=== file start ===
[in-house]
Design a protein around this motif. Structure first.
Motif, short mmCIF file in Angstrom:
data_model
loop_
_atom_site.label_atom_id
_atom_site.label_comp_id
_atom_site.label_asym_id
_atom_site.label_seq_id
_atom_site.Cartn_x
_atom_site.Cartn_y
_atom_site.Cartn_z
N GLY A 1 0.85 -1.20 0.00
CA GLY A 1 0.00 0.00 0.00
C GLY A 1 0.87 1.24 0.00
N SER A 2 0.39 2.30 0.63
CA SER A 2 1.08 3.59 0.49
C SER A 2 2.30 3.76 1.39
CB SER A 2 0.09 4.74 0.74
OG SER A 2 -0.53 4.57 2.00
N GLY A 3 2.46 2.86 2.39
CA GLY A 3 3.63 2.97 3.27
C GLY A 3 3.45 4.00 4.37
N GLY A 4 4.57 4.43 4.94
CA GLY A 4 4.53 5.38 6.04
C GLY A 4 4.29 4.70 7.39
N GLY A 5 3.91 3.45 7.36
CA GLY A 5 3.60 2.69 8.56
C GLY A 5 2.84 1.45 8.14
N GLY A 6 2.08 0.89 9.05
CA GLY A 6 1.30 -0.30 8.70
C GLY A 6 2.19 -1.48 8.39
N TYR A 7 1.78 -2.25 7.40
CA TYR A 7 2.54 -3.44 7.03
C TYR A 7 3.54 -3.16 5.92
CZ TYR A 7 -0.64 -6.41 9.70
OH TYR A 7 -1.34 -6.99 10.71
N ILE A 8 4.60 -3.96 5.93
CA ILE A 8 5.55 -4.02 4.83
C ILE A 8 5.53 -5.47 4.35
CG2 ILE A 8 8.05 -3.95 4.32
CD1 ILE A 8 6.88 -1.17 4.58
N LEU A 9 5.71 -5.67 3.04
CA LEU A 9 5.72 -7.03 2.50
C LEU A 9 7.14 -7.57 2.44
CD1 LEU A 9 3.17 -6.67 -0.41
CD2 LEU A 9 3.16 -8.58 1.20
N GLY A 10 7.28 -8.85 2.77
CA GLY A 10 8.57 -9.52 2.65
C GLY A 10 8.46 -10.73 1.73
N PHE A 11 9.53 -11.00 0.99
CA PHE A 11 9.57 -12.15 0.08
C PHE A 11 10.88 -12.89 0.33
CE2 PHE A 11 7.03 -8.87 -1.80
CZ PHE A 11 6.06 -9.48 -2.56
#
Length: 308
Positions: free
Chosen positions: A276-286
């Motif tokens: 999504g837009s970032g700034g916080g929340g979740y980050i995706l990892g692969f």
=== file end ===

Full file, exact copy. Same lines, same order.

[in-house]
Design a protein around this motif. Structure first.
Motif, short mmCIF file in Angstrom:
data_model
loop_
_atom_site.label_atom_id
_atom_site.label_comp_id
_atom_site.label_asym_id
_atom_site.label_seq_id
_atom_site.Cartn_x
_atom_site.Cartn_y
_atom_site.Cartn_z
N GLY A 1 0.85 -1.20 0.00
CA GLY A 1 0.00 0.00 0.00
C GLY A 1 0.87 1.24 0.00
N SER A 2 0.39 2.30 0.63
CA SER A 2 1.08 3.59 0.49
C SER A 2 2.30 3.76 1.39
CB SER A 2 0.09 4.74 0.74
OG SER A 2 -0.53 4.57 2.00
N GLY A 3 2.46 2.86 2.39
CA GLY A 3 3.63 2.97 3.27
C GLY A 3 3.45 4.00 4.37
N GLY A 4 4.57 4.43 4.94
CA GLY A 4 4.53 5.38 6.04
C GLY A 4 4.29 4.70 7.39
N GLY A 5 3.91 3.45 7.36
CA GLY A 5 3.60 2.69 8.56
C GLY A 5 2.84 1.45 8.14
N GLY A 6 2.08 0.89 9.05
CA GLY A 6 1.30 -0.30 8.70
C GLY A 6 2.19 -1.48 8.39
N TYR A 7 1.78 -2.25 7.40
CA TYR A 7 2.54 -3.44 7.03
C TYR A 7 3.54 -3.16 5.92
CZ TYR A 7 -0.64 -6.41 9.70
OH TYR A 7 -1.34 -6.99 10.71
N ILE A 8 4.60 -3.96 5.93
CA ILE A 8 5.55 -4.02 4.83
C ILE A 8 5.53 -5.47 4.35
CG2 ILE A 8 8.05 -3.95 4.32
CD1 ILE A 8 6.88 -1.17 4.58
N LEU A 9 5.71 -5.67 3.04
CA LEU A 9 5.72 -7.03 2.50
C LEU A 9 7.14 -7.57 2.44
CD1 LEU A 9 3.17 -6.67 -0.41
CD2 LEU A 9 3.16 -8.58 1.20
N GLY A 10 7.28 -8.85 2.77
CA GLY A 10 8.57 -9.52 2.65
C GLY A 10 8.46 -10.73 1.73
N PHE A 11 9.53 -11.00 0.99
CA PHE A 11 9.57 -12.15 0.08
C PHE A 11 10.88 -12.89 0.33
CE2 PHE A 11 7.03 -8.87 -1.80
CZ PHE A 11 6.06 -9.48 -2.56
#
Length: 308
Positions: free
Chosen positions: A276-286
């Motif tokens: 999504g837009s970032g700034g916080g929340g979740y980050i995706l990892g692969f």